GUILDFORD wellness coach Louis Dunstan has qualified to represent Western Australia and the Australian Powerlifting Union’s inaugural National Championships.
He doesn’t expect to win – the 40-year-old is competing in the Masters 1, 120kg division – but really, that doesn’t matter.
Through powerlifting, he’s already won his most important battle – the battle for his mental health.
Depression and anxiety have had a major impact on Dunstan’s life.
“From personal experience I’ve always, or I became aware that I suffered from depression and anxiety in the mid-2000s, and then kind of looking back at it I realised that I was suffering from it probably from my late teens and just thought it was something else.
“It’s something that’s impacted my ability to have relationships, to communicate with people.”
Playing in bands in Perth and Melbourne for over a decade, Dunstan was self-medicating with alcohol and drugs in an industry where that isn’t an uncommon thing.
Nobody would have assumed he was struggling with his mental health.
He’d always had a fascination with power and strength, and when he took the plunge and began training in powerlifting, he said it had a benefit he hadn’t anticipated.
“Once I started doing it I really enjoyed the benefits I was getting from a mental health perspective.
“When I started lifting weights, that need to do all the other stupid stuff kind of went away, I knew this was what I needed to be doing.”
There’s a fair difference between a wellness coach and a powerlifter, and it was the unexpected death of Louis’s brother Pete in 2015, and his own dissatisfaction with his career, that put Louis on his current path that will see him open his own gym, Wellstrong, in Guildford in January 2019.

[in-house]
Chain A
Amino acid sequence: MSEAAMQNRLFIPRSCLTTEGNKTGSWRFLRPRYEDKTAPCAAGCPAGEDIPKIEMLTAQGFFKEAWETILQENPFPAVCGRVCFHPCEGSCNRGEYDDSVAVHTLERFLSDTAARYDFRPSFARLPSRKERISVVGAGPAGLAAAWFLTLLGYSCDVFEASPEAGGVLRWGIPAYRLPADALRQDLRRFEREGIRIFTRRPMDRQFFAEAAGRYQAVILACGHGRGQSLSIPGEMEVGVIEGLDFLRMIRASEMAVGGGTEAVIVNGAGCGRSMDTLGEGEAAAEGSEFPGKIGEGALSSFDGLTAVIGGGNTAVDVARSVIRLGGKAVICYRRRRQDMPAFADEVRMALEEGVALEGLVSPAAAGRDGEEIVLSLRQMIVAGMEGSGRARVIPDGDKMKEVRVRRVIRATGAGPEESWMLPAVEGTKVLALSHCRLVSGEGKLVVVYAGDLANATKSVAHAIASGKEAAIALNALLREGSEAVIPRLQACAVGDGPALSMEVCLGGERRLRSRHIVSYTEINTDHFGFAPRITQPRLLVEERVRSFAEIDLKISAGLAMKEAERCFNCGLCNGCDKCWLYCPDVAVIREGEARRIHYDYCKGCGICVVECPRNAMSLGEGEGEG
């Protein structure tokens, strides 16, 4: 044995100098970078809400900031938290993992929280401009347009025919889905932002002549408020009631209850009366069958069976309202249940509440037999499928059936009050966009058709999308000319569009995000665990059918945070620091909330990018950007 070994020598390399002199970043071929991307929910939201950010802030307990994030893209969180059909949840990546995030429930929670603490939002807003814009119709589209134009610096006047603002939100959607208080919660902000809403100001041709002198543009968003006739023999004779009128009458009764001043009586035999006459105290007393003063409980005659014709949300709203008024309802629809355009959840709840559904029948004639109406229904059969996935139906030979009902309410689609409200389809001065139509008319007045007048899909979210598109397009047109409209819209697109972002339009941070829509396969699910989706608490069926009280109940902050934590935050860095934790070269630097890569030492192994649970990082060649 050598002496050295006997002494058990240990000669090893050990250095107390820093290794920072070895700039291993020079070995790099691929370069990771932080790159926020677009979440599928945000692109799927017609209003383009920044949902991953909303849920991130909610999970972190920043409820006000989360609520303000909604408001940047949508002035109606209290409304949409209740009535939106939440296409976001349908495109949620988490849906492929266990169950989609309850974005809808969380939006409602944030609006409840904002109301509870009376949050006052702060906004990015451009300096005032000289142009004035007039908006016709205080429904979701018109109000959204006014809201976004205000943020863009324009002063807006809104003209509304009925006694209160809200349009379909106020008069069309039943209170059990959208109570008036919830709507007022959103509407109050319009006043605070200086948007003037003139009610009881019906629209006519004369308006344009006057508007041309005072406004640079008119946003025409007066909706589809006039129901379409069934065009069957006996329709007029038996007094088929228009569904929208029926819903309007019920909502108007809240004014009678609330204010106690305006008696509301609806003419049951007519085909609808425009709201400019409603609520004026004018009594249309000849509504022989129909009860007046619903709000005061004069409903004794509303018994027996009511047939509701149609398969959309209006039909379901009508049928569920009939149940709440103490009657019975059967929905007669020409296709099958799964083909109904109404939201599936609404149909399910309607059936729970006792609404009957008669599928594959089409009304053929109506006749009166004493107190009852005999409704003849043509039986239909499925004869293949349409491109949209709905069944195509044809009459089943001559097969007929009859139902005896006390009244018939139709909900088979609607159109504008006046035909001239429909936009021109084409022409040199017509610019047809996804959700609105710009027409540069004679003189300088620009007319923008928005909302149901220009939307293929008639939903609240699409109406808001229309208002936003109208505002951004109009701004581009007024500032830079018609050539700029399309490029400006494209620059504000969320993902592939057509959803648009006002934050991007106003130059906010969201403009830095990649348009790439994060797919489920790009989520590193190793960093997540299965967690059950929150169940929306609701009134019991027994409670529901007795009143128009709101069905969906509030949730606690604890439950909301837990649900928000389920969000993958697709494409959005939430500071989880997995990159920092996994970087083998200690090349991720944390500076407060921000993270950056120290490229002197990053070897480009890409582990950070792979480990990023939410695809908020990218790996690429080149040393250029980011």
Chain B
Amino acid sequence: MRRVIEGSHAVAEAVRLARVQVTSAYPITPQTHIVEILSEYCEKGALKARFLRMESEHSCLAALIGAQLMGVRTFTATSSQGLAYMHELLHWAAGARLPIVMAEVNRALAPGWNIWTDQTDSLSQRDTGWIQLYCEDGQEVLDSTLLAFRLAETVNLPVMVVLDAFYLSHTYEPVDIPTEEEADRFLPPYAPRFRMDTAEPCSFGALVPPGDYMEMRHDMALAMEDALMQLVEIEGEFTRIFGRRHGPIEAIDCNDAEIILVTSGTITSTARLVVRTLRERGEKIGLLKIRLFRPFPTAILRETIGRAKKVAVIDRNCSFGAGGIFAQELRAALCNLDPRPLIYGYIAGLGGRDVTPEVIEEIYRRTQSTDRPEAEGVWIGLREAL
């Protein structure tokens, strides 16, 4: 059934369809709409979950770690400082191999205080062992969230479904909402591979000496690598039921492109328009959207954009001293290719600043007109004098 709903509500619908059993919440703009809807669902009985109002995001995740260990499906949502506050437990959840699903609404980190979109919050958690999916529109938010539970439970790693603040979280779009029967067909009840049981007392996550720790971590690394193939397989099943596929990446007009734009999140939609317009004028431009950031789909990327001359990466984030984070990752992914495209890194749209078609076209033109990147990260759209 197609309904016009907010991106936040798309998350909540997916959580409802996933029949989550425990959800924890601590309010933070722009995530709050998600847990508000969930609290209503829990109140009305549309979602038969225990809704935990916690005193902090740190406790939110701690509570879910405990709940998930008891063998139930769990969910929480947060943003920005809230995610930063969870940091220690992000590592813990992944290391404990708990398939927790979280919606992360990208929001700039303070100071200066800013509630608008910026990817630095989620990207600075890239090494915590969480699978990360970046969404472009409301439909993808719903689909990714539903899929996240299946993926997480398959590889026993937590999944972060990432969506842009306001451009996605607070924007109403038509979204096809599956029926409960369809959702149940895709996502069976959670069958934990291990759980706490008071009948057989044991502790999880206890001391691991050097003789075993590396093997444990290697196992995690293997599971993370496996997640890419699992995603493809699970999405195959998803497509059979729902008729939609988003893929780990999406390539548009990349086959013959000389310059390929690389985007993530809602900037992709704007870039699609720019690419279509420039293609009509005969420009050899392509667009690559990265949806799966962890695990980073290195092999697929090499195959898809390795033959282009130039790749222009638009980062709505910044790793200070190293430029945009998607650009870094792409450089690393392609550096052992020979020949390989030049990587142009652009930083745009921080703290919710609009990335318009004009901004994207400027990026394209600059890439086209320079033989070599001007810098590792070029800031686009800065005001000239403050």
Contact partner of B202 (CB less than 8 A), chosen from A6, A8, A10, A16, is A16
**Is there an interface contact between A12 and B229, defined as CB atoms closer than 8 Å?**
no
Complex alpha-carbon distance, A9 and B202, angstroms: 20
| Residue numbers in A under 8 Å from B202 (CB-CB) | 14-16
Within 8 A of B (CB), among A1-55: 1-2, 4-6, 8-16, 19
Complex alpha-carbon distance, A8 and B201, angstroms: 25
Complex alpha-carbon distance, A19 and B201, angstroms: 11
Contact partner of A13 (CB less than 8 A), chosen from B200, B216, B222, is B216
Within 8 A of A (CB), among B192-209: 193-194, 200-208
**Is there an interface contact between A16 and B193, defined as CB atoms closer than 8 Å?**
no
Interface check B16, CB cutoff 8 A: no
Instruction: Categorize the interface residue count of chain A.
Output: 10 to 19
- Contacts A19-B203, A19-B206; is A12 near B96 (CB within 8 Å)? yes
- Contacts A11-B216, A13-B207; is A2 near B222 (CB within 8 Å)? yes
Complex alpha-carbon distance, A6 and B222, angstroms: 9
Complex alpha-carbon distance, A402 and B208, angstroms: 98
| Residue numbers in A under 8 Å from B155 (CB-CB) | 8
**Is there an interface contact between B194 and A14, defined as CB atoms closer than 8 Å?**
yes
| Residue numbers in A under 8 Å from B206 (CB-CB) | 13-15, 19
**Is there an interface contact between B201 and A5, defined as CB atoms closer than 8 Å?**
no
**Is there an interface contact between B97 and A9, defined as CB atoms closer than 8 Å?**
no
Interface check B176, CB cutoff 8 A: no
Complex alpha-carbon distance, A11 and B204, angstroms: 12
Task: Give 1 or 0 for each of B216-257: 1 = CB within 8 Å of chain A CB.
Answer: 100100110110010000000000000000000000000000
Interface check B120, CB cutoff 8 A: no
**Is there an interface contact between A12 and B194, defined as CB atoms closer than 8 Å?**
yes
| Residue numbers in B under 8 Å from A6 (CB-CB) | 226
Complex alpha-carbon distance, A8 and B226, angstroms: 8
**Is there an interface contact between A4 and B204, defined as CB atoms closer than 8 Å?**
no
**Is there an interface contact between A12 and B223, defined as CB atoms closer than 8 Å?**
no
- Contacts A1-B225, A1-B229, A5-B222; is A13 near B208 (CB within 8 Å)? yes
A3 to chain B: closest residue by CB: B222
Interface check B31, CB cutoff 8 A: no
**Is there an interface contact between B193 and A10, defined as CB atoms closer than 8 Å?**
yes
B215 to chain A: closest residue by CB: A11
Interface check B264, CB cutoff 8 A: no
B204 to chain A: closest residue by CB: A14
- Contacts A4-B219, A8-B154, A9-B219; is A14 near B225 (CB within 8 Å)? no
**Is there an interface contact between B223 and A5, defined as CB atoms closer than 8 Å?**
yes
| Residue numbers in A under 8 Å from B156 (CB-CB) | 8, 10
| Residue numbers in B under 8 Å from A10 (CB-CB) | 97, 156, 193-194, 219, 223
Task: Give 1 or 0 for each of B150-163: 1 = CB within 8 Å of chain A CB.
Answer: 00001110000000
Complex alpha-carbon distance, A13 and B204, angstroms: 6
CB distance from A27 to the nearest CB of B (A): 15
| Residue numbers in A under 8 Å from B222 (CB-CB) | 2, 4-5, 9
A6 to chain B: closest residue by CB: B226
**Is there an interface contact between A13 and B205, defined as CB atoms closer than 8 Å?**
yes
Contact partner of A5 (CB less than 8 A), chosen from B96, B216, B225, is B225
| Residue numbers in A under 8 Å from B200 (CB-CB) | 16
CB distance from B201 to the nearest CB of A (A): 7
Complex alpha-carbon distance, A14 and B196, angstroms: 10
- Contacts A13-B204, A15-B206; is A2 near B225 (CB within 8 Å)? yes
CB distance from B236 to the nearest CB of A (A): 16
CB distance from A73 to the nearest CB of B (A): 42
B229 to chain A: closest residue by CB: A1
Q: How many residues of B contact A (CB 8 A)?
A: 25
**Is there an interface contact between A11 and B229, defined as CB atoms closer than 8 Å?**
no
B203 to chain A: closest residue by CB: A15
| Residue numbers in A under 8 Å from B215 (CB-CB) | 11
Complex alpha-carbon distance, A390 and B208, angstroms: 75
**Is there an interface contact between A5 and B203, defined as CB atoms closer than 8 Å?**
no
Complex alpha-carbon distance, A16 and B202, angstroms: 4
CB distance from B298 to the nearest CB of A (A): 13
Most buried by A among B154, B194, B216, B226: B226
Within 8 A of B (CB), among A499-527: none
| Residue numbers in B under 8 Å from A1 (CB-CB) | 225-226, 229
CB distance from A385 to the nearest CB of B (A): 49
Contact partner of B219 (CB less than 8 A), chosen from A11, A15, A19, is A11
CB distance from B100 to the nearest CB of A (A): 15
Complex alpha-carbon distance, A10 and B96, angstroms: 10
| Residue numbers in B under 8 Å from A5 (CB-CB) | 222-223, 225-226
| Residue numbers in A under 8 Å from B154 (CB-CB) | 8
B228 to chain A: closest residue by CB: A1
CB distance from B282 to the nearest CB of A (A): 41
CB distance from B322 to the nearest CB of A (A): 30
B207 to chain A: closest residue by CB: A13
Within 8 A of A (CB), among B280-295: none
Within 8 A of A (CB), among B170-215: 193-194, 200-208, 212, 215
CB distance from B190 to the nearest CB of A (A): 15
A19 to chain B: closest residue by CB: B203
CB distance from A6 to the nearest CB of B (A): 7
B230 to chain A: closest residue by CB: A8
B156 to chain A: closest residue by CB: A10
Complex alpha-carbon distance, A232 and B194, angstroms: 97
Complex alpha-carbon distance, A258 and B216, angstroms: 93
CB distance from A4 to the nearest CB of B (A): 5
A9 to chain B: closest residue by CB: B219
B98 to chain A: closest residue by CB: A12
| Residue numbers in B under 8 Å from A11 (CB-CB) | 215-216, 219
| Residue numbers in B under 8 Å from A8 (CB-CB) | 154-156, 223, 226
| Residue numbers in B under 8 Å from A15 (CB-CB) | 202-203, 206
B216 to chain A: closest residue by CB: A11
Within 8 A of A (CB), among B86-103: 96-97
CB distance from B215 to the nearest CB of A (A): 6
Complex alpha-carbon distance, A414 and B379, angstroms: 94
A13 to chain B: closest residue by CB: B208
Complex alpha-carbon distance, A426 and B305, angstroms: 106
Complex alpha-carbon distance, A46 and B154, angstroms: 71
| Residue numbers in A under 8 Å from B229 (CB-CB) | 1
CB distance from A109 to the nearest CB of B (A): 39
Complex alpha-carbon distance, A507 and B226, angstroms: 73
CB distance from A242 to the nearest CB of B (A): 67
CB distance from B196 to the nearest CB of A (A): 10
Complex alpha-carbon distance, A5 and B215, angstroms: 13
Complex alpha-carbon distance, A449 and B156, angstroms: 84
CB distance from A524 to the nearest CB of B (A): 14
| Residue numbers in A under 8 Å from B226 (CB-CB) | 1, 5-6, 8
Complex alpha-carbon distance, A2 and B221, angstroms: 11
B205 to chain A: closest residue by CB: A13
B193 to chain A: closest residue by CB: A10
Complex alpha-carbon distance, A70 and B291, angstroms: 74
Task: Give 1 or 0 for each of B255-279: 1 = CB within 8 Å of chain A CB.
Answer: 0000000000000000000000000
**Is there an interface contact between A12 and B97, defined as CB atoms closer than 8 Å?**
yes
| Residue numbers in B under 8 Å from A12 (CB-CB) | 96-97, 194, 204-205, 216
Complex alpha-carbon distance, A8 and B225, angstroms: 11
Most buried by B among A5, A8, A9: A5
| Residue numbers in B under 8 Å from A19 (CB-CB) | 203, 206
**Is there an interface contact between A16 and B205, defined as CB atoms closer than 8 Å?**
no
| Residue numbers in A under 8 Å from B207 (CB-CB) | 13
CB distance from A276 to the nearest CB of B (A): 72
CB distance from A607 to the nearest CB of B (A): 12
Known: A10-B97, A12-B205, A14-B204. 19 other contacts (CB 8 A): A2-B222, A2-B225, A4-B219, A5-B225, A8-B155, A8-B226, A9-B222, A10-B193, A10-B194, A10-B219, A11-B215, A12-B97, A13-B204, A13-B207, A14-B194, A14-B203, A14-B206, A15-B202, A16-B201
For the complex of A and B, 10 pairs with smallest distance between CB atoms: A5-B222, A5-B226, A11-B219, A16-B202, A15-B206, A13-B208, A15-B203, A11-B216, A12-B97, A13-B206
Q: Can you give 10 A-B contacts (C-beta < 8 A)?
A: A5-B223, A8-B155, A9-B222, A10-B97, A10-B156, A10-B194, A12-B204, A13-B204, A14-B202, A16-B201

“I was working in logistics, in a national role, and I was just so stressed out.
“I was making the same mistakes over and over again, burning out, working really hard, trying to compensate for working hard by doing as much as I could over the weekend, never resting to the point where I pretty much had a breakdown at 38 and just thought no, this is pointless, I’ve lost my brother at a really young age and if I don’t change the way I’m living I’ll probably end up the same way or have bad health.
“I went and studied and I became aware of different ways of training that weren’t just go into a gym, pump weight, run until you spew.
“So I packed up all my things and moved back Perth, and I thought it would take me two or three months to get picked up but I was working within two weeks.”
While some may be sceptical of anyone who works in the wellness industry – Dunstan admits there’s an element of “snake-oil salesman bull” in the industry – that’s not his deal.
“My version of wellness and how do you feel, and what can we do to improve on that.
“I encourage people to be active and to do sport, and to pay attention to how you are before you did it, to how you are while you’re doing it.
“In your state of mind, how do you feel physically, mentally, all these kind of things and if you notice an improvement, it speaks for itself.
“What I coach in is progressive, hybrid stuff, I’ve got a squat rack in my gym but I hardly get any of my clients to touch it, it’s more about moving in ways people aren’t used to moving in to get mobility.”